# gsw_steric_height

steric height anomaly (75-term equation)

## Contents

## USAGE:

steric_height = gsw_geo_strf_steric_height(SA,CT,p,p_ref)

## DESCRIPTION:

Calculates steric height anomaly as the pressure integral of specific volume anomaly from the pressure p of the "bottle" to the reference pressure p_ref, divided by the constant value of the gravitational acceleration, 9.7963 m s^-2. That is, this function returns the dynamic height anomaly divided by 9.7963 m s^-2; this being the gravitational acceleration averaged over the surface of the global ocean (see page 46 of Griffies, 2004). Hence, steric_height is the steric height anomaly with respect to a given reference pressure p_ref.

Dynamic height anomaly is the geostrophic streamfunction for the difference between the horizontal velocity at the pressure concerned, p, and the horizontal velocity at p_ref. Dynamic height anomaly is the exact geostrophic streamfunction in isobaric surfaces even though the gravitational acceleration varies with latitude and pressure. Steric height anomaly, being simply proportional to dynamic height anomaly, is also an exact geostrophic streamfunction in an isobaric surface (up to the constant of proportionality, 9.7963 m s^-2).

Note however that steric_height is not exactly the height (in metres) of an isobaric surface above a geopotential surface. It is tempting to divide dynamic height anomaly by the local value of the gravitational acceleration, but doing so robs the resulting quantity of either being (i) an exact geostrophic streamfunction, or (ii) exactly the height of an isobaric surface above a geopotential surface. By using a constant value of the gravitational acceleration, we have retained the first of these two properties. So it should be noted that because of the variation of the gravitational acceleration with latitude, steric_height does not exactly represent the height of an isobaric surface above a geopotential surface under the assumption of geostropy.

The reference values used for the specific volume anomaly are SSO = 35.16504 g/kg and CT = 0 deg C. This function uses the computationally- efficient 75-term expression for specific volume in terms of SA, CT and p (Roquet et al., 2015).

Note that the 75-term equation has been fitted in a restricted range of parameter space, and is most accurate inside the "oceanographic funnel" described in McDougall et al. (2003). For dynamical oceanography we may take the 75-term expression for specific volume as essentially reflecting the full accuracy of TEOS-10. The GSW internal library function "gsw_infunnel(SA,CT,p)" is avaialble to be used if one wants to test if some of one's data lies outside this "funnel".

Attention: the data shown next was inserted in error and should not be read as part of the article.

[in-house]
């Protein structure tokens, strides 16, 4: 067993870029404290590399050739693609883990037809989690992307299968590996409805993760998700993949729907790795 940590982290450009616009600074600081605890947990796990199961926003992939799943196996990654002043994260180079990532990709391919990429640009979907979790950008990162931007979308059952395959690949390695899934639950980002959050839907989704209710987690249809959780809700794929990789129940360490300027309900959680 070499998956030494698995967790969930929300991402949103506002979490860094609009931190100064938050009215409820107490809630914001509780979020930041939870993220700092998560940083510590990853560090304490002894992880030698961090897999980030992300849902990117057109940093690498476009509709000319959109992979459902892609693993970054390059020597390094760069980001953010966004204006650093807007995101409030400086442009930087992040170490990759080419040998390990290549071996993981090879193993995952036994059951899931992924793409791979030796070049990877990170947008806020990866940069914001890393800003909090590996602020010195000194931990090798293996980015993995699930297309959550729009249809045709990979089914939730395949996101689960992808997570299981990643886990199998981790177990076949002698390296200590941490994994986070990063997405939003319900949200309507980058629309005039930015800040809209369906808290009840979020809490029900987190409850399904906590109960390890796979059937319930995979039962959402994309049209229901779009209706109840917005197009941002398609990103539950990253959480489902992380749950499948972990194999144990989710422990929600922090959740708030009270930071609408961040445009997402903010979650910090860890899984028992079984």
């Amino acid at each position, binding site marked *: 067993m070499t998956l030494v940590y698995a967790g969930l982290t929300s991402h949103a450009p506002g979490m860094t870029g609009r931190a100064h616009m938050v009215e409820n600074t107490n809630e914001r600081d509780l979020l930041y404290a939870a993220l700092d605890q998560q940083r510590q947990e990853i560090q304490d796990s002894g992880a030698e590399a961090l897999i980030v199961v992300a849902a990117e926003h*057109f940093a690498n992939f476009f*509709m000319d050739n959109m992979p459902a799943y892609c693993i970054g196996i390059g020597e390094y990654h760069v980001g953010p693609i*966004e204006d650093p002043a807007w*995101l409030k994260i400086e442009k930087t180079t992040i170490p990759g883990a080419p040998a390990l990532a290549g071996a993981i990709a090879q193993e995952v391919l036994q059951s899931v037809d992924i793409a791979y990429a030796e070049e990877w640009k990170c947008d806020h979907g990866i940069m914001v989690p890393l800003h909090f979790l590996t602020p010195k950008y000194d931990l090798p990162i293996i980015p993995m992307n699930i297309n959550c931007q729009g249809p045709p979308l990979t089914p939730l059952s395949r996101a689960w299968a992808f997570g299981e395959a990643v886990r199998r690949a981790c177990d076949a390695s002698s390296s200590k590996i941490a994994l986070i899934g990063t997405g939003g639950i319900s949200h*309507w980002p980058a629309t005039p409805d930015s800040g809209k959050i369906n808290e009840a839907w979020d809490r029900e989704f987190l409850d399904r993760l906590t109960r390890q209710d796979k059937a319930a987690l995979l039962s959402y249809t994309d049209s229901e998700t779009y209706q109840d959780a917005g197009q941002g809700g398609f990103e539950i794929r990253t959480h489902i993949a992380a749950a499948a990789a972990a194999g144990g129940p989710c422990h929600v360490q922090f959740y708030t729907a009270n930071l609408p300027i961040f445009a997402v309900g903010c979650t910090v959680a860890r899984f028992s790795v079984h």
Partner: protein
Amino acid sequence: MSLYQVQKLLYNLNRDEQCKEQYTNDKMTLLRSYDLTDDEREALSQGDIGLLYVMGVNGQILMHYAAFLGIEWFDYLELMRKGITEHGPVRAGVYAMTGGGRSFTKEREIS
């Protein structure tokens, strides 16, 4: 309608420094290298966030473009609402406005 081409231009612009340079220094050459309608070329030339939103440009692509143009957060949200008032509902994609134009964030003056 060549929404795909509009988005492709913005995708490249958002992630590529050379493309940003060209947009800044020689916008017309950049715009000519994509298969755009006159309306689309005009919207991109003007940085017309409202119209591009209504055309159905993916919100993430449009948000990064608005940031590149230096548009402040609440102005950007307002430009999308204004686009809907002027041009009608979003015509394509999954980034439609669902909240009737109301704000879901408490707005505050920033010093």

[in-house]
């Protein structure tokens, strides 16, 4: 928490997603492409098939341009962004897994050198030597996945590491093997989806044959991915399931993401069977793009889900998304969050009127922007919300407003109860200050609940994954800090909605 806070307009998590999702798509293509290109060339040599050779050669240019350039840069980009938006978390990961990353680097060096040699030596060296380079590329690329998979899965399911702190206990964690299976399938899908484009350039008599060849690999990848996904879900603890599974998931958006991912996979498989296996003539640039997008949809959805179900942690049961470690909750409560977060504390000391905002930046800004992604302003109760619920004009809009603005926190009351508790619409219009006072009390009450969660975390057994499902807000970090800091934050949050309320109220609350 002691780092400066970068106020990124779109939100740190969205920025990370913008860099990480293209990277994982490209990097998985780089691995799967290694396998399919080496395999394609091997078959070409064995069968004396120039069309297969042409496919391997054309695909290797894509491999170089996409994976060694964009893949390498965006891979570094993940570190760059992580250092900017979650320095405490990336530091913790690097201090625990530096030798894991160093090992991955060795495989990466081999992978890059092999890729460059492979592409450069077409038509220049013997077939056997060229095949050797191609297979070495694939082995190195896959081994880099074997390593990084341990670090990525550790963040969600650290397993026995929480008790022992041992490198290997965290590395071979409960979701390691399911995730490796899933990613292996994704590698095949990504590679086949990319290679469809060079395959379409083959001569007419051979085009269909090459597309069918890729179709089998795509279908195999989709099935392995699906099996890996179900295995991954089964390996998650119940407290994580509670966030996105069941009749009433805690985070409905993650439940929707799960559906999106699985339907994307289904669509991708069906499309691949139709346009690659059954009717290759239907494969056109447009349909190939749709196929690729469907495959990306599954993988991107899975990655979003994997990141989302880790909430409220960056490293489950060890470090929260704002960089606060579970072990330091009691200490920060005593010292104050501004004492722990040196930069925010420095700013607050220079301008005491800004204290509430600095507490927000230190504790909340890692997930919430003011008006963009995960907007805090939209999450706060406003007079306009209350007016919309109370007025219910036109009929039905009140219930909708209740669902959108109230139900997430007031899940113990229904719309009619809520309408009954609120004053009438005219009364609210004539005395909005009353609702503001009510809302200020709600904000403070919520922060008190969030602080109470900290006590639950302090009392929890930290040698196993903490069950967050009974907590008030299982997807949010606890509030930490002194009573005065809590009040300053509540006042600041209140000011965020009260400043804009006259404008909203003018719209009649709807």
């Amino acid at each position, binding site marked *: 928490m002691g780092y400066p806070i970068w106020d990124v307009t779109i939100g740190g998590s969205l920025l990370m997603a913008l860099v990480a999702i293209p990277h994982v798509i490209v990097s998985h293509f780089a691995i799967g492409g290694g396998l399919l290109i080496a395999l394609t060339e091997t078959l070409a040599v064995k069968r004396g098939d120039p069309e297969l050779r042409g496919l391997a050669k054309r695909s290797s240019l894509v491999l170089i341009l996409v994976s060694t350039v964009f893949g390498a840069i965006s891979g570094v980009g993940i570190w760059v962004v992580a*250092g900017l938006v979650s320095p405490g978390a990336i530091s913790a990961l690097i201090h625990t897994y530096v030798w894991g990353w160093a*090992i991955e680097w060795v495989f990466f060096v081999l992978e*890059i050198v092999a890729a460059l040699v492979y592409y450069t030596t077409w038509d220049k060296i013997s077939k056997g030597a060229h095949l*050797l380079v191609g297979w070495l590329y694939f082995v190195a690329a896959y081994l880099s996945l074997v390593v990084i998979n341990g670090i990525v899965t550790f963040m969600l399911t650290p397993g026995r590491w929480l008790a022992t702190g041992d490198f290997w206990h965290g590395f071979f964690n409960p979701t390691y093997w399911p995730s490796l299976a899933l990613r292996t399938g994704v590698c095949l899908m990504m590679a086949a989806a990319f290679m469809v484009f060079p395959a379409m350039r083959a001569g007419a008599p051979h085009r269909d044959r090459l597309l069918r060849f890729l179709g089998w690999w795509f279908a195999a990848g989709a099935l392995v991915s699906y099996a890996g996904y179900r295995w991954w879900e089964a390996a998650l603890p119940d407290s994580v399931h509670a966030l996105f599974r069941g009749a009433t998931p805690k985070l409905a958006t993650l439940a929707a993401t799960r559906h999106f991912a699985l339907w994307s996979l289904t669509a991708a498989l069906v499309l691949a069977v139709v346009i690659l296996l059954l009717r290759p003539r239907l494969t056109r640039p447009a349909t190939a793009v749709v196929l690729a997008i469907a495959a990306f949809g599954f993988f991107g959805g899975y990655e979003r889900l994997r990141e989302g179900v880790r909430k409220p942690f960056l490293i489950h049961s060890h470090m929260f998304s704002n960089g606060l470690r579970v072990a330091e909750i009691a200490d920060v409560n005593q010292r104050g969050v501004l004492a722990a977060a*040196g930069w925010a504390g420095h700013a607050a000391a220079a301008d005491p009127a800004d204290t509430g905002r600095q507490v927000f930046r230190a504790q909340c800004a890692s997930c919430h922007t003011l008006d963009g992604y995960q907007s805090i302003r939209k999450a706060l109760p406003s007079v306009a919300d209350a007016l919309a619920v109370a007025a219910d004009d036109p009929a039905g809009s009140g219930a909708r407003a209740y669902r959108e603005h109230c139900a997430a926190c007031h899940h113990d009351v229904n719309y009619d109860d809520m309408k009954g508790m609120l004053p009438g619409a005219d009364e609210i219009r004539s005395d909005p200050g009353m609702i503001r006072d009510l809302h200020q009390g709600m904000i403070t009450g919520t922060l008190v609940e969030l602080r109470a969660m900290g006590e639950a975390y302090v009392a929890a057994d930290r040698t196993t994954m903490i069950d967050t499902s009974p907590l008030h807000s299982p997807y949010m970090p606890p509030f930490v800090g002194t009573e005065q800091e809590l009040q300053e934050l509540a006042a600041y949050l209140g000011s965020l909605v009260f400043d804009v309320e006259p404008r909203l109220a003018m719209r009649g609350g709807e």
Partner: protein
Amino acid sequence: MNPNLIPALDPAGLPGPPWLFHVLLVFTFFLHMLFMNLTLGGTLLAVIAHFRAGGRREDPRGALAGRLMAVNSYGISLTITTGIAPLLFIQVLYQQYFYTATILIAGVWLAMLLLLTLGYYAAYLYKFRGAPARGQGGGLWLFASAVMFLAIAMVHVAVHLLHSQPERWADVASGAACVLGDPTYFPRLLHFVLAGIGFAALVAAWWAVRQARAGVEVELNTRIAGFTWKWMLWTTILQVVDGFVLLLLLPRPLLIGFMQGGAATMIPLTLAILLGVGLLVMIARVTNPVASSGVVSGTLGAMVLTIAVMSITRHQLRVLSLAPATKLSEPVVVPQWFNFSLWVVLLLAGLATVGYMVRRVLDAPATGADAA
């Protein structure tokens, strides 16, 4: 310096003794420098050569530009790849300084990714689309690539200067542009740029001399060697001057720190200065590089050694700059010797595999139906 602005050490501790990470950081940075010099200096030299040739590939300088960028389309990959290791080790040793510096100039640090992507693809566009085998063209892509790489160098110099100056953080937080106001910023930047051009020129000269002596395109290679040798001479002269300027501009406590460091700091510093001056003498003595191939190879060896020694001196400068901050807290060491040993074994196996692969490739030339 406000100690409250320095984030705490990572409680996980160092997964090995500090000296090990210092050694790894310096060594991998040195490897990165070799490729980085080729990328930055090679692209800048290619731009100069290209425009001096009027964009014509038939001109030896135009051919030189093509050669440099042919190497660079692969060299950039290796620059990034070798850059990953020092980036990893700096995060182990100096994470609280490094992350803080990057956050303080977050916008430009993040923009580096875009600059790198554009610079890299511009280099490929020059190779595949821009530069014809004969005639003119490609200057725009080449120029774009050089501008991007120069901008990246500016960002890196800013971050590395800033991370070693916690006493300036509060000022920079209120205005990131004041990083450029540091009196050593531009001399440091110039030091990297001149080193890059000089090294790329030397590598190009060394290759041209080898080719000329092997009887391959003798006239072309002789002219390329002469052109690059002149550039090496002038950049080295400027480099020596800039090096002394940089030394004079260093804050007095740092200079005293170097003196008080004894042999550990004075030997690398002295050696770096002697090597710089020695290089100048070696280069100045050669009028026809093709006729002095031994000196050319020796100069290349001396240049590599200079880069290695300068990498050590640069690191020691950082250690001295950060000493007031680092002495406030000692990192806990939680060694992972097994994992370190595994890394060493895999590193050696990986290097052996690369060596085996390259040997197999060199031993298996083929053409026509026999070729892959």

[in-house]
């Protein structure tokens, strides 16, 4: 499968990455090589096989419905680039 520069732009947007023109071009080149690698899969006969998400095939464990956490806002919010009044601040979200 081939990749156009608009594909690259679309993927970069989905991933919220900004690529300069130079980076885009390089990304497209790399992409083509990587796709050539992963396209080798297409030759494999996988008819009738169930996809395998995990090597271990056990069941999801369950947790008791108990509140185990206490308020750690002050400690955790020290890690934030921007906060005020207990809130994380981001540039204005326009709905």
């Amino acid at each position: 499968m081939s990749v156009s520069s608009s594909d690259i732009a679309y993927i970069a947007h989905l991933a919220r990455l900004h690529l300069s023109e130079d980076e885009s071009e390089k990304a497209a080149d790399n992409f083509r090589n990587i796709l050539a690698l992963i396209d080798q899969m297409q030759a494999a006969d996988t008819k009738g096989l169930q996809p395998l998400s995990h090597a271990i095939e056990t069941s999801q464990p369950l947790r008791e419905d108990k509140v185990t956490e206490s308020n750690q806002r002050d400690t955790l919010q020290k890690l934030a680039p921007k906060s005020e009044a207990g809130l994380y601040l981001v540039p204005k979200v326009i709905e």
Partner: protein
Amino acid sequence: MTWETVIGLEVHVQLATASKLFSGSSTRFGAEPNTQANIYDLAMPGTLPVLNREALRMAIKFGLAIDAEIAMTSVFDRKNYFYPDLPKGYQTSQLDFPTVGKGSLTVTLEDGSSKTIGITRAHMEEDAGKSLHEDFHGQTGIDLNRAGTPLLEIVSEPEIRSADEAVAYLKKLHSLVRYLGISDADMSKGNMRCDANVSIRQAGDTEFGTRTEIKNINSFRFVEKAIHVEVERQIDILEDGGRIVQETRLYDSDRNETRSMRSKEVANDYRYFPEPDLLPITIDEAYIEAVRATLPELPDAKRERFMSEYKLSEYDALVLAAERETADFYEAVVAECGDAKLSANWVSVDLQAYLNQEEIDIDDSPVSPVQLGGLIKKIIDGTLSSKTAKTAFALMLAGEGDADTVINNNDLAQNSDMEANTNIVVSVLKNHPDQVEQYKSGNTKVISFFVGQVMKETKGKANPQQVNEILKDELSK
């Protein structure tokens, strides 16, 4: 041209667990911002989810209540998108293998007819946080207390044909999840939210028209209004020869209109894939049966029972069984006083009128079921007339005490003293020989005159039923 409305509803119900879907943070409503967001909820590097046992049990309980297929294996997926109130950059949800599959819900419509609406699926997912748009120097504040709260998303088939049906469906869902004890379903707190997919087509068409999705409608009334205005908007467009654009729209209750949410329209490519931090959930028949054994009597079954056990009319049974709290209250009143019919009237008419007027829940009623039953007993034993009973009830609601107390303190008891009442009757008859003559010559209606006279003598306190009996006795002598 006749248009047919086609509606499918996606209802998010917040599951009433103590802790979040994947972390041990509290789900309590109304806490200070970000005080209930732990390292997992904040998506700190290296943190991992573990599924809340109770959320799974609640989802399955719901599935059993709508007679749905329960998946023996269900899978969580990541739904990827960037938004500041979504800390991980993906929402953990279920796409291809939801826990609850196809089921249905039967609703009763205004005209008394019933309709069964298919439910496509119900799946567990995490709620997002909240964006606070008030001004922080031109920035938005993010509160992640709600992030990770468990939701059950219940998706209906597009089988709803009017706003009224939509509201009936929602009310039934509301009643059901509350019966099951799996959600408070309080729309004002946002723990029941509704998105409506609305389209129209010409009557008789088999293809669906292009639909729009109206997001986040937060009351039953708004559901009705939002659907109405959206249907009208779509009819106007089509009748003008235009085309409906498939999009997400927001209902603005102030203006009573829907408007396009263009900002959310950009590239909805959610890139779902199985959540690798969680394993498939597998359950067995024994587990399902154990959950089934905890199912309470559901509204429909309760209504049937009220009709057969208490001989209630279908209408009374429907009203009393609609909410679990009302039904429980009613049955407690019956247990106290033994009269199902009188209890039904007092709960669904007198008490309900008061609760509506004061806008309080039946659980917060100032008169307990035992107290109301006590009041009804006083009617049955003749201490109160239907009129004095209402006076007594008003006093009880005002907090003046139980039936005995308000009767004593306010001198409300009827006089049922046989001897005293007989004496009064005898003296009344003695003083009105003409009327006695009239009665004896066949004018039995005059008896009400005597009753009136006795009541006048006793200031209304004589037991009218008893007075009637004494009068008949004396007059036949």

Click for a more detailed description of steric height anomaly. |

## INPUT:

SA = Absolute Salinity [ g/kg ] CT = Conservative Temperature [ deg C ] p = sea pressure [ dbar ] ( i.e. absolute pressure - 10.1325 dbar ) p_ref = reference pressure [ dbar ] ( i.e. reference absolute pressure - 10.1325 dbar )

SA & CT need to have the same dimensions. p may have dimensions Mx1 or 1xN or MxN, where SA & CT are MxN. p_ref needs to be a single value, it can have dimensions 1x1 or Mx1 or 1xN or MxN.

## OUTPUT:

steric_height = steric height anomaly [ m ]

## EXAMPLE:

SA = [34.7118; 34.8915; 35.0256; 34.8472; 34.7366; 34.7324;] CT = [28.8099; 28.4392; 22.7862; 10.2262; 6.8272; 4.3236;] p = [ 10; 50; 125; 250; 600; 1000;] p_ref = 1000

steric_height = gsw_geo_strf_steric_height(SA,CT,p,p_ref)

steric_height =

1.739351036388176 1.497080916746352 1.113977842340865 0.772529305837402 0.346408751831337 0

## AUTHOR:

Trevor McDougall and Paul Barker [ help@teos-10.org ]

## VERSION NUMBER:

3.05 (16th February, 2015)

## REFERENCES:

IOC, SCOR and IAPSO, 2010: The international thermodynamic equation of seawater - 2010: Calculation and use of thermodynamic properties. Intergovernmental Oceanographic Commission, Manuals and Guides No. 56, UNESCO (English), 196 pp. Available from the TEOS-10 web site. See Eqn. (3.7.3) and section 3.27 of this TEOS-10 Manual.

McDougall, T.J., D.R. Jackett, D.G. Wright and R. Feistel, 2003: Accurate and computationally efficient algorithms for potential temperature and density of seawater. J. Atmosph. Ocean. Tech., 20, pp. 730-741.

Roquet, F., G. Madec, T.J. McDougall, P.M. Barker, 2015: Accurate polynomial expressions for the density and specifc volume of seawater using the TEOS-10 standard. Ocean Modelling.

The software is available from http://www.TEOS-10.org